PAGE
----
Broken Light


I hope you will forgive me for reposting this image, which I first blogged last year.  At that time, The Broken Light Collective asked me if I would allow them to use the image.  Shame on me I have only just this week got around to sending it!  The Collective is a group of photographers living with, or affected by, mental illness.  I am honoured that Into the Mist is currently their featured image and I cannot think of a better use for it than as inspiration for anyone who might be struggling with illness.

The ninth day of Christmas: resolving not to resolve

How did medieval people manage to celebrate Christmas for twelve whole days? I am beginning to regret launching myself into this series; once New Year festivities are over, I feel it’s time to move on.

Mind you, medieval folk probably didn’t start thinking about Christmas in September. I am quite sure they didn’t have to put up with cheesy perfume adverts in November, tinsel after Halloween and charity Christmas catalogues popping through their doors in July!

Anyway, today I have been thinking about New Years resolutions, or rather, I have been thinking about not making any. I am learning to live in the moment, not to project into the future but instead to notice the little things that are happening now. Cognitive Behavioural Therapists call it mindfulness.

The best thing I know to promote mindfulness is photography. I don’t need to resolve to take photographs since I can hardly help myself.

Anyway, here’s to living in the moment and, as an antidote to all that Christmas bling, some soothing black and whites.



The infinite sphere

Blaise Pascal (1623-1662) wrote: “Nature is an infinite sphere of which the centre is everywhere and the circumference nowhere”. We encounter nature daily; we can hardly avoid it, even if it is only in the form of a humble fly who crawls through our open window or the scent of distant park flowers on the breeze.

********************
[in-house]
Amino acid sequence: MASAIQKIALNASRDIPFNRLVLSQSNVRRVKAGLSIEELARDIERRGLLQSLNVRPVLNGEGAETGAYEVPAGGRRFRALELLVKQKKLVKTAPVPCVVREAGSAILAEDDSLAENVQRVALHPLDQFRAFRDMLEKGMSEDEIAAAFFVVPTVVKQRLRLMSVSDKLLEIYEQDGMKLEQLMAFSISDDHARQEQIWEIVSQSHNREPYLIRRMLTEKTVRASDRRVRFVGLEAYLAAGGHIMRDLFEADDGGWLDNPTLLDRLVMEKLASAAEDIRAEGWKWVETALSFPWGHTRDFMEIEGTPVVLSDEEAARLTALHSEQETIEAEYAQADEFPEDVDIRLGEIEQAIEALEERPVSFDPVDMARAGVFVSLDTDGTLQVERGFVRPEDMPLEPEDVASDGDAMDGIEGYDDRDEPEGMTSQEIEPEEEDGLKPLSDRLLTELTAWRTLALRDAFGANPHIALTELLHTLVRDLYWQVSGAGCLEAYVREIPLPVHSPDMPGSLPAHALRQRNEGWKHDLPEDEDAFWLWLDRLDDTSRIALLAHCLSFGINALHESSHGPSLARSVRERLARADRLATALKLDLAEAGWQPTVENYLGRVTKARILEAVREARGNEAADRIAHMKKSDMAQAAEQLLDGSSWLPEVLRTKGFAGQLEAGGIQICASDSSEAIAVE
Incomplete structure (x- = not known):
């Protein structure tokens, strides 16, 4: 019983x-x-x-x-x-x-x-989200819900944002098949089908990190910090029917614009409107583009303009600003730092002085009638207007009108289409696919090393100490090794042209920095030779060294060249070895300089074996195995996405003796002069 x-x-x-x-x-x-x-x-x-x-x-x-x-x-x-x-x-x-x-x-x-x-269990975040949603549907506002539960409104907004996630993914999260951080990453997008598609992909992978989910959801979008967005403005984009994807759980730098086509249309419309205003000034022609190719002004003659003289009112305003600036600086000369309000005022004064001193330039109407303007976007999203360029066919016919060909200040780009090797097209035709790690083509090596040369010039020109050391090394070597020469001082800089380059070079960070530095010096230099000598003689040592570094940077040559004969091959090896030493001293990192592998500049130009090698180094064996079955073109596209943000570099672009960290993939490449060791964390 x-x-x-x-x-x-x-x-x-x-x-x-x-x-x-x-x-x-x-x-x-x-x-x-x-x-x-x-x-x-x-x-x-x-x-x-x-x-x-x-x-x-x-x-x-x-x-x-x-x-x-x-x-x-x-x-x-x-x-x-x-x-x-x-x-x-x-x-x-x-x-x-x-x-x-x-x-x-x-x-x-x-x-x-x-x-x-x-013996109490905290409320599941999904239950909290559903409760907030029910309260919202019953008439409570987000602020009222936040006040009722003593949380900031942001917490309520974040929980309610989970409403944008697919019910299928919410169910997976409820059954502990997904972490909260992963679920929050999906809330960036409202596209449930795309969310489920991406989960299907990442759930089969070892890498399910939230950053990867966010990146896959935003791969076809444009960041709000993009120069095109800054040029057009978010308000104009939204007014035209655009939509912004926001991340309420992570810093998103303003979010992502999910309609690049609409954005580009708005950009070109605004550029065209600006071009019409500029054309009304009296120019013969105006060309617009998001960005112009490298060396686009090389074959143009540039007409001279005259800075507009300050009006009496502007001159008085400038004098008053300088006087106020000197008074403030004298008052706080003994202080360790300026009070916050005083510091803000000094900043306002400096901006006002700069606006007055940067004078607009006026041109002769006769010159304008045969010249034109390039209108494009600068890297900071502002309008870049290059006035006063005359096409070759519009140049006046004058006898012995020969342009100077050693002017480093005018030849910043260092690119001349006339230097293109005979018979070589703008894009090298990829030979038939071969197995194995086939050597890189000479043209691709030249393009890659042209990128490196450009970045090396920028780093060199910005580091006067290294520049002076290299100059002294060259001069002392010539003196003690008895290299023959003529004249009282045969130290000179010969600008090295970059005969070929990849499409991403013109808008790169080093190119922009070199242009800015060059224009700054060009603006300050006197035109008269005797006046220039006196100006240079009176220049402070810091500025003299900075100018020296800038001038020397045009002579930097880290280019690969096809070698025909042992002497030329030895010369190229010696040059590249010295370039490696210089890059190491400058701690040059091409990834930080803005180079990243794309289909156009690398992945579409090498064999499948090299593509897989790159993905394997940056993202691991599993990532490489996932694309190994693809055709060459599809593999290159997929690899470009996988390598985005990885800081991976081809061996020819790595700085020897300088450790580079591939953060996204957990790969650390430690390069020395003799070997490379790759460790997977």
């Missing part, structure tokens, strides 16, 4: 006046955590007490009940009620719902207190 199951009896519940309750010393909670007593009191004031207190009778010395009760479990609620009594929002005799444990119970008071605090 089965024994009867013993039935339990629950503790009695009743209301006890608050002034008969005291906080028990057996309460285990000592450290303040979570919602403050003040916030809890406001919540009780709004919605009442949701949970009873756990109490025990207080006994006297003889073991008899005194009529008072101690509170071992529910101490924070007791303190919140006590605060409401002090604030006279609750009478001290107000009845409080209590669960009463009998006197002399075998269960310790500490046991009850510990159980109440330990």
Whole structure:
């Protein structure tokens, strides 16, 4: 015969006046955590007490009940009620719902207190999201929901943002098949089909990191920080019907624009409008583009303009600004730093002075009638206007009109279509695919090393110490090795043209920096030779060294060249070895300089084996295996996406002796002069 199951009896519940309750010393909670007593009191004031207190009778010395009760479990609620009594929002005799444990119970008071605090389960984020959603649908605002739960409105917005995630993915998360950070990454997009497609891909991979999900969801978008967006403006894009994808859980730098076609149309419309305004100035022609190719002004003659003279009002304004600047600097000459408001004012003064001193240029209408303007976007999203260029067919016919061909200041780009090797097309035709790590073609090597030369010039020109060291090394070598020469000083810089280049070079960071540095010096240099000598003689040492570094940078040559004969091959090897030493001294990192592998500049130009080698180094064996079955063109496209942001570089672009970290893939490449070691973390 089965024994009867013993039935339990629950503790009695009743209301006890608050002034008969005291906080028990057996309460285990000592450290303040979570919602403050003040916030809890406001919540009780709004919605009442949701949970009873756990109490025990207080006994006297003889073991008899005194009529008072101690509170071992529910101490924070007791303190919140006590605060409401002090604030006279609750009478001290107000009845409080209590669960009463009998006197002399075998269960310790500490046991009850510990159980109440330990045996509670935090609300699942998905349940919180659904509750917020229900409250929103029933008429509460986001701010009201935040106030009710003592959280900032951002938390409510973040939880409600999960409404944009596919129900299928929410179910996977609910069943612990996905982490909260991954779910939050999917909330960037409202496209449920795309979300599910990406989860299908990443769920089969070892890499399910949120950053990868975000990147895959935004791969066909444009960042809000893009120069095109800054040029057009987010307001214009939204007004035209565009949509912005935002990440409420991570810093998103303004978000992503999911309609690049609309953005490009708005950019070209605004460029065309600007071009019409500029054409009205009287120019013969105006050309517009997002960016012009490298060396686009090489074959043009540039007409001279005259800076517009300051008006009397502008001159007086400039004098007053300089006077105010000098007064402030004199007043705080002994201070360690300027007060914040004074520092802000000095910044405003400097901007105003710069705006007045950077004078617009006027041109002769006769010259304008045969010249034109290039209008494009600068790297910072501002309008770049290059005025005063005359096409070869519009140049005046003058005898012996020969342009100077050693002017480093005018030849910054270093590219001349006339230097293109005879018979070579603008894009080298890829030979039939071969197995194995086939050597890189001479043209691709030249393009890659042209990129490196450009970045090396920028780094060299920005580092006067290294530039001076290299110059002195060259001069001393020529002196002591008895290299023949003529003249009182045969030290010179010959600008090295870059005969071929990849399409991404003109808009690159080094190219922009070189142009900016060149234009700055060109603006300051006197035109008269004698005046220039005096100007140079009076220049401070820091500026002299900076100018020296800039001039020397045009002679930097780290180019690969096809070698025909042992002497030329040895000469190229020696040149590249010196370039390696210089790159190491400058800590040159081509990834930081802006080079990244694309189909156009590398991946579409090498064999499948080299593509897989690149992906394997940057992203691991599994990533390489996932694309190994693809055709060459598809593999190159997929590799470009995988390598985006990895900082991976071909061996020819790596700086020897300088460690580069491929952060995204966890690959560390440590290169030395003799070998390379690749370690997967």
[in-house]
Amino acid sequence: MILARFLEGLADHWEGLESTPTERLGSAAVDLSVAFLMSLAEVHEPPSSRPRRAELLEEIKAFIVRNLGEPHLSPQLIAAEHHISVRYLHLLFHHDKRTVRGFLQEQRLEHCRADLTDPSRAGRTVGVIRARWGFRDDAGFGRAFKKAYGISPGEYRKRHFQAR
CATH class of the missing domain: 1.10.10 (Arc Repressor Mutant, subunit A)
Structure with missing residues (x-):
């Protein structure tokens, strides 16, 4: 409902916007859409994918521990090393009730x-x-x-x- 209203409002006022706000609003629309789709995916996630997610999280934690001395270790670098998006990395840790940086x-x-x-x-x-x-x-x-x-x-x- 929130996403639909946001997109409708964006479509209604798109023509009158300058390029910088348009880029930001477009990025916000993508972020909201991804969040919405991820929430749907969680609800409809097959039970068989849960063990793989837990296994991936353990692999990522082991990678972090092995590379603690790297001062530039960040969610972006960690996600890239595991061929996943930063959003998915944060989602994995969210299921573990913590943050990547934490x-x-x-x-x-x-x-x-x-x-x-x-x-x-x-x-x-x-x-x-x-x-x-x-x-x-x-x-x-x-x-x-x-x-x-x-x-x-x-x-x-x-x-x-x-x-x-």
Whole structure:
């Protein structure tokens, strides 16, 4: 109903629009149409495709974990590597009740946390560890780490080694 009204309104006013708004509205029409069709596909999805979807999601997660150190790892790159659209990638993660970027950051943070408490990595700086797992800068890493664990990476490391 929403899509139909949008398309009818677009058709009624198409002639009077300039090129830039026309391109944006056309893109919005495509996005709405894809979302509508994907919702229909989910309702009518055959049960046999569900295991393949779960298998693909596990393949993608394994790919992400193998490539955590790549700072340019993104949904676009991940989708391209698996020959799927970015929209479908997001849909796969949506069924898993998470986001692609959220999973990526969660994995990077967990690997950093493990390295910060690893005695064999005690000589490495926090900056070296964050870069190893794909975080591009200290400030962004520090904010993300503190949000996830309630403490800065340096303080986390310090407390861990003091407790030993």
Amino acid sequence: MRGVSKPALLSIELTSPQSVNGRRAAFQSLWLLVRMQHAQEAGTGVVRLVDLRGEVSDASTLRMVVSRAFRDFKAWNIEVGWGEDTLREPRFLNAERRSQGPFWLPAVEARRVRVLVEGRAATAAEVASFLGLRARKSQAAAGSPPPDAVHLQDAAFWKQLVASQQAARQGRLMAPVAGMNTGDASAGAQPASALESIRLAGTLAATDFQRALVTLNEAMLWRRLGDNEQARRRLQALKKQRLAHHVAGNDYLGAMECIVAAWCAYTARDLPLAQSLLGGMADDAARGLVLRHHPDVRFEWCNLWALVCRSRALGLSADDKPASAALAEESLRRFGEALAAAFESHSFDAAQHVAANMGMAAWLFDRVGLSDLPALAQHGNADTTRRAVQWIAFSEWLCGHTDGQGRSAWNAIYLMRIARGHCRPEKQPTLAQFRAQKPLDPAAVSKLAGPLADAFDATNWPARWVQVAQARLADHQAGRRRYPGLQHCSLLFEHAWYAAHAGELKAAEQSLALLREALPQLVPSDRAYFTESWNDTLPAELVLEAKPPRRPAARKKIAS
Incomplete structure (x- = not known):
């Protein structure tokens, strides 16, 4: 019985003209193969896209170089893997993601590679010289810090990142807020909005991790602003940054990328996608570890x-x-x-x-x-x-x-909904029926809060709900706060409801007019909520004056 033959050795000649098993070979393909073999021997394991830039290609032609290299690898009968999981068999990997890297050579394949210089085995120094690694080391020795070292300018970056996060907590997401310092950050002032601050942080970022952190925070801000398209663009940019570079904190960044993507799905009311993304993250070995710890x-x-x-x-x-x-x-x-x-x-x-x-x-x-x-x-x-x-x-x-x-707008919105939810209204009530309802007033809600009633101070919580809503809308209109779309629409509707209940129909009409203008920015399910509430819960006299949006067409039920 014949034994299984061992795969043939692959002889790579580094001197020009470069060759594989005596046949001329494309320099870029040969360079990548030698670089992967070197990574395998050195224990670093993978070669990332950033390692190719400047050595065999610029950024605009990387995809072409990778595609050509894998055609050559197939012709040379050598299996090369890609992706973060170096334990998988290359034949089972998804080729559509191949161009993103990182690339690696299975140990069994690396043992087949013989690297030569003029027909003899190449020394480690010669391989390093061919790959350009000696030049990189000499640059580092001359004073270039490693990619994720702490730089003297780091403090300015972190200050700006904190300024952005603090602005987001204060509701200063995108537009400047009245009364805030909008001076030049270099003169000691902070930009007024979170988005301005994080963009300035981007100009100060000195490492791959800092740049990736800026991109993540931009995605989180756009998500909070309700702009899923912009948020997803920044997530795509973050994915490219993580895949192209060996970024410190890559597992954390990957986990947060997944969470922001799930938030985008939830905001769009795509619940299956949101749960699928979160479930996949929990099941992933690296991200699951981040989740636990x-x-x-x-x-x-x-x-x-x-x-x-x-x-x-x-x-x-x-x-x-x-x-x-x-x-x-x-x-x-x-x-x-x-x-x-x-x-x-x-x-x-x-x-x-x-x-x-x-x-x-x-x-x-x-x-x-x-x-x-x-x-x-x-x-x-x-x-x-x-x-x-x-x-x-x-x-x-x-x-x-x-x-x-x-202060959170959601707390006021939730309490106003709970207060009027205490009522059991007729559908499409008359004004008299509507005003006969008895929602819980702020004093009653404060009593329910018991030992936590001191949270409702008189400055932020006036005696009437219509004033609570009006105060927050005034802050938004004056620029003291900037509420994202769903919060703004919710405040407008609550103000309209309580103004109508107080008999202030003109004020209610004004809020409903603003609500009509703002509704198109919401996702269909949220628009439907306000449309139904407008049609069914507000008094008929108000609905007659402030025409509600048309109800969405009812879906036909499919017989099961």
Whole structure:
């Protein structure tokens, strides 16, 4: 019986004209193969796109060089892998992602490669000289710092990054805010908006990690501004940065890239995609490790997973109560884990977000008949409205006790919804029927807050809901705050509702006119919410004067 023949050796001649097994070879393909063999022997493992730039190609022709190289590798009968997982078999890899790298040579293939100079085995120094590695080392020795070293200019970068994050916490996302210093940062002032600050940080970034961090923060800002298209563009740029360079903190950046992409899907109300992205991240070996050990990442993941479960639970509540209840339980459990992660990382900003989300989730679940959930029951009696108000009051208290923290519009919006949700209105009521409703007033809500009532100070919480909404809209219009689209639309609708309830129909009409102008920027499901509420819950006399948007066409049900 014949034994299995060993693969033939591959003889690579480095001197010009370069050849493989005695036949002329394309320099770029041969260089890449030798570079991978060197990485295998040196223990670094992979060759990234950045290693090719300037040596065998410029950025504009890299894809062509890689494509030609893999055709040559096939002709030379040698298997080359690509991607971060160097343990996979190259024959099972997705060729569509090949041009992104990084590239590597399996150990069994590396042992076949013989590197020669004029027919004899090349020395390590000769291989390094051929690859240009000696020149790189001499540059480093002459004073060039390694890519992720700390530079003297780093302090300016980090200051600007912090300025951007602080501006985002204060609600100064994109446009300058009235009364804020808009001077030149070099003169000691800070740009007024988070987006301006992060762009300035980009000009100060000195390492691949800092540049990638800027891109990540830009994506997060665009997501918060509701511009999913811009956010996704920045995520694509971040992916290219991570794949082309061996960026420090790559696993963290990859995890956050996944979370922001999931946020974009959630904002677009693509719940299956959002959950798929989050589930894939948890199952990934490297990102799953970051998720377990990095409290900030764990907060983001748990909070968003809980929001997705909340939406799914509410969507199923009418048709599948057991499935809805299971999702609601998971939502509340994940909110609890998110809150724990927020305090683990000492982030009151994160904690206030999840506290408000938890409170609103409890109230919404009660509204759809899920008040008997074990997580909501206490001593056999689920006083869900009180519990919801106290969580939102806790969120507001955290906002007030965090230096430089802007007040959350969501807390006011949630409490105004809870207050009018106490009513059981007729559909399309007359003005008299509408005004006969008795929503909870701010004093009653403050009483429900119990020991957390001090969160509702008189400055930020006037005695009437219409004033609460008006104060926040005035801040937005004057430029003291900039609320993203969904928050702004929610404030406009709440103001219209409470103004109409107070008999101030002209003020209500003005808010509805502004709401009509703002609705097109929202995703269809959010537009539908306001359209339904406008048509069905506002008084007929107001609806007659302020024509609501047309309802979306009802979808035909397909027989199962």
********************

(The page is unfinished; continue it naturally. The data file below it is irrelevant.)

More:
flying bee
Taking time to notice nature enriches my day beyond measure. The more I look, the more I see. Have you ever taken the time to watch a honey bee? I mean for several minutes or more. Watch how the light glistens in its wings as it hovers before its chosen blossom, forelegs outstretched for a gentle landing.

bee flying towards fennel flowers

Notice how the evening light catches the soft hairs on its back, and its eager tongue, already prepared as if it cannot wait to savour the sweet nectar.

bumble bee approaching dahlia flower

Or how about the bustling bumble bee? It announces its approach with an bombastic buzz before blundering onto its pollen-heavy landing pad.

bumble bee and dahlia

A smaller bumble comes careening in; too busy to linger, it is gone almost before the shutter can click, a momentary sway of the flowerhead the only sign of its passing.

bumble bee and dahlia

It has become a cliche to speak of mindfulness, or living in the moment. I don’t know if our lives are busier now than they were a generation ago, or a century ago but, for me, a full life must still contain moments when all its demands are put to one side. Photography has opened my eyes to daily treasures. And the digital age has added the joy of sharing them.

Sometimes, however, it is also good to put the camera down and simply look, listen, smell, taste, touch. That’s all; I am going outside now.

“If we take care of the moments, the years will take care of themselves.” Maria Edgeworth (1767-1849)